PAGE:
Sometimes we carry assumptions so deeply that we simply refuse to let them be challenged, even if we have to ignore obvious evidence to the contrary.
Back in September, Christian ethicists David Gushee and Glenn Stassen released “An Open Letter to America’s Christian Zionists,” in hopes of engaging them in honest dialogue about what the Bible does and doesn’t promise to Israel.
Zionists believe that God gave the land to the single branch of Abraham’s descendants who became the Jews as a perpetual inheritance. As a result, they consistently support the modern state of Israel’s confiscation of land from Palestinian residents, as well as the draconian, apartheid-like restrictions under which Palestinians must live. This support encourages further injustice and hinders any hope for a lasting peace.
Gushee and Stassen sought to correct a central misconception of Zionists: the belief that God gave the land to the Jewish people for all time. The authors correctly point out that the promise texts in question, such as Genesis 15:8 and 17:4, speak of “many nations” descending from Abraham, who had eight recorded sons — not just the single line through Isaac that gave rise to the Hebrews. Many Muslims trace their ancestry through Abraham’s oldest son Ishmael, while the six sons of his wife Keturah (Gen. 25:1-6) reportedly gave rise to people groups who are part of the larger Arabic world. Likewise, the descendants of Abraham’s grandson Esau reportedly gave rise to the Edomites, now part of the Hashemite Kingdom of Jordan. The Bible clearly claims that Abraham did become the ancestor of many nations: and the promise of land was to Abraham’s descendants.
Zionists conveniently overlook this aspect of the promise to Abraham, along with (as Gushee and Stassen point out) the many prophetic warnings (such as Jeremiah 6-7) that Israel lose its claim to the land if it failed to honor its obligations to the poor, the aliens, and the strangers.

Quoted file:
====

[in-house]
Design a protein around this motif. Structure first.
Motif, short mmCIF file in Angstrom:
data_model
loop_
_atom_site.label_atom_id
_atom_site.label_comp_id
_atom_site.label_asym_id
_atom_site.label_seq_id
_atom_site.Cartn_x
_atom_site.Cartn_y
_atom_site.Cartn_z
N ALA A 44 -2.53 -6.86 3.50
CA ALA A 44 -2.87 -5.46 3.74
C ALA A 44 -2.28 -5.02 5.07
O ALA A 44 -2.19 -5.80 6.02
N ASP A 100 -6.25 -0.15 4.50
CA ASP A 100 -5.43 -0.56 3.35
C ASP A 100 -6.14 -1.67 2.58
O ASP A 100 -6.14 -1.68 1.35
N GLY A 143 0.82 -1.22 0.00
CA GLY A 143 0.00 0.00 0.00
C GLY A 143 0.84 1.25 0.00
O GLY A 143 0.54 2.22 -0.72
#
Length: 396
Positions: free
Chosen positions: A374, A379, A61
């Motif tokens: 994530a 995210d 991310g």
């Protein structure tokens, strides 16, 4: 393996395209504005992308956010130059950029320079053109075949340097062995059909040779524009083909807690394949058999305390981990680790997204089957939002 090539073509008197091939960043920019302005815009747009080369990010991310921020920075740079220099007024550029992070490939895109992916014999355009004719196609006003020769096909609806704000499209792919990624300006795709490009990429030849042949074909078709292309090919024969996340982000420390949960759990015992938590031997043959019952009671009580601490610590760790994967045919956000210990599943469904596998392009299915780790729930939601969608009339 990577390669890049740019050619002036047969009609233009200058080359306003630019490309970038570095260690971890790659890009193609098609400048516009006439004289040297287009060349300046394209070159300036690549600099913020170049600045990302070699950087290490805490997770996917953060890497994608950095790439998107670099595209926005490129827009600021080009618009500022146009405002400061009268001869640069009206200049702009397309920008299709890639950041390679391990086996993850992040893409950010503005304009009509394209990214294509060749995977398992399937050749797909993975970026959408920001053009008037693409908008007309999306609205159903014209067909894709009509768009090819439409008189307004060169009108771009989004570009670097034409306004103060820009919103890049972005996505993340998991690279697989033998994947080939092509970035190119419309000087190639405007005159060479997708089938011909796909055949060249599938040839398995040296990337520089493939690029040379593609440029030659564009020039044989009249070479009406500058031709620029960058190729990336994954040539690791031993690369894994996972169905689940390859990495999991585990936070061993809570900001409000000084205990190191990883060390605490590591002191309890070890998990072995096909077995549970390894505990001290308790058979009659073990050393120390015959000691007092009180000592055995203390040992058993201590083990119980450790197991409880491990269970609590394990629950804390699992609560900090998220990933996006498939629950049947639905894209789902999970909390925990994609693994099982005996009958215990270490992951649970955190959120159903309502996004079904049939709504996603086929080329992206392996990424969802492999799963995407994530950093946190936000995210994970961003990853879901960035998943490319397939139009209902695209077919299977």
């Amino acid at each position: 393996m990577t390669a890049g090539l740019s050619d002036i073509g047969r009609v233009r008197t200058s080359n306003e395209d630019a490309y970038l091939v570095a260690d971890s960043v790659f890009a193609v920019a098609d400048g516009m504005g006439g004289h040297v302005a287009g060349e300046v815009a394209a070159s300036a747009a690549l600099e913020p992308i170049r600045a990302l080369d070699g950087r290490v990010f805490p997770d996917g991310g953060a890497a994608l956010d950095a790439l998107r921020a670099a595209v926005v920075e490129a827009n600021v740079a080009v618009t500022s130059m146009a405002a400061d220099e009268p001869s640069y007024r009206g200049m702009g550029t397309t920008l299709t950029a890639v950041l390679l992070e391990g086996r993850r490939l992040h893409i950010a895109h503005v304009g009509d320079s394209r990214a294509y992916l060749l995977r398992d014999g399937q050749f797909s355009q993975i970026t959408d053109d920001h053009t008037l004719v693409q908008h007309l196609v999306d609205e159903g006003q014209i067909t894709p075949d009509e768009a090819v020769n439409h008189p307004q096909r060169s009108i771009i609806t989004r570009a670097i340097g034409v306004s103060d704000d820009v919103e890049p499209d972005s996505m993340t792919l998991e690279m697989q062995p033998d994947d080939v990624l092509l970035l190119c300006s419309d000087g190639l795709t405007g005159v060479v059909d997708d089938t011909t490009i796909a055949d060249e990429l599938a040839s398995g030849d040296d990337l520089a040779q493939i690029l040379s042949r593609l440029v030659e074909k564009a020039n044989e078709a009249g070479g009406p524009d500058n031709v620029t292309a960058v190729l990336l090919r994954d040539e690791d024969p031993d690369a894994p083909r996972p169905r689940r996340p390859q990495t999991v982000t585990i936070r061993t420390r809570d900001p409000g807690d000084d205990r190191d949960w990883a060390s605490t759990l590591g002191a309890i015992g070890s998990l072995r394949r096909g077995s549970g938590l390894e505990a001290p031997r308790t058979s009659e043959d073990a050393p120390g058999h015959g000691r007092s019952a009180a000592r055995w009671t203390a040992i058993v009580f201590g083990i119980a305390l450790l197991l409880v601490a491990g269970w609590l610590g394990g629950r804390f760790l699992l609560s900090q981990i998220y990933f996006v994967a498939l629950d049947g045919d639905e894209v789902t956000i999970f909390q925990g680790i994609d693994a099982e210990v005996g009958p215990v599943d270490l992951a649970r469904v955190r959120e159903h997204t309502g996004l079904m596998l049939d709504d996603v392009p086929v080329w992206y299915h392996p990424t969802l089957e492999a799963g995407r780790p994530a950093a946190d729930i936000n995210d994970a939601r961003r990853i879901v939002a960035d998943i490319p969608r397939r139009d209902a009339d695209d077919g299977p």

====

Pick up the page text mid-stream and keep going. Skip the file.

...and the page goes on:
The more prominent Zionists who responded to the ethicists’ open letter criticized them — as expected — but missed the biblical point they were making, and declined to enter a productive dialogue about the erroneous assumptions that fuel much of the current conflict in Israel. instead, both the “International Christian Embassy Jerusalem” and a group of conservative “leaders and scholars” including Southern Baptist Convention ethics spokesman Richard Land issued letters accusing Gushee and Stassen of being ignorant of the real problem, which they insist is Palestinian recalcitrance.
Neither of the opposing letters addressed the biblical issues Gushee and Stassen sought to raise, choosing instead to rely on bluster and blame rather than to defend their erroneous interpretation of scripture. So, the two ethicists issued a second letter to again invite dialogue on the biblical evidence for Zionist claims.
I’m grateful to Gushee and Stassen for the stand they’ve taken, and to Associated Baptist Press for its coverage of the interchange, which would otherwise be unknown to most of us.
I’m hopeful that more people will study the scriptures carefully, and realize that the common assumption that God gave permanent title to all of Canaan to the Hebrews alone is simply wrong. Although Gushee and Stassen do not address it, I would argue that it is equally wrong to assume that the modern secular state of Israel should be regarded as equivalent to the people with whom God made covenants during the Old Testament period, or the automatic inheritor of the same promises.
The fact is that Israel continues to defy prospects for peace by blatantly driving Palestinians from their land and building new cities and towns on stolen ground, usually populating them with ideological Zionists who believe the land is theirs by right and thus will fight to never be moved from it. The fallout from these policies extends far beyond the borders of Israel, inciting anger and threatening peace around the globe.
Stealing someone’s land under the pretense of a biblical mandate is just plain wrong, and God will not honor it. Gushee and Stassen have nobly sought to clarify this important point: their work deserves a wider and more careful reading.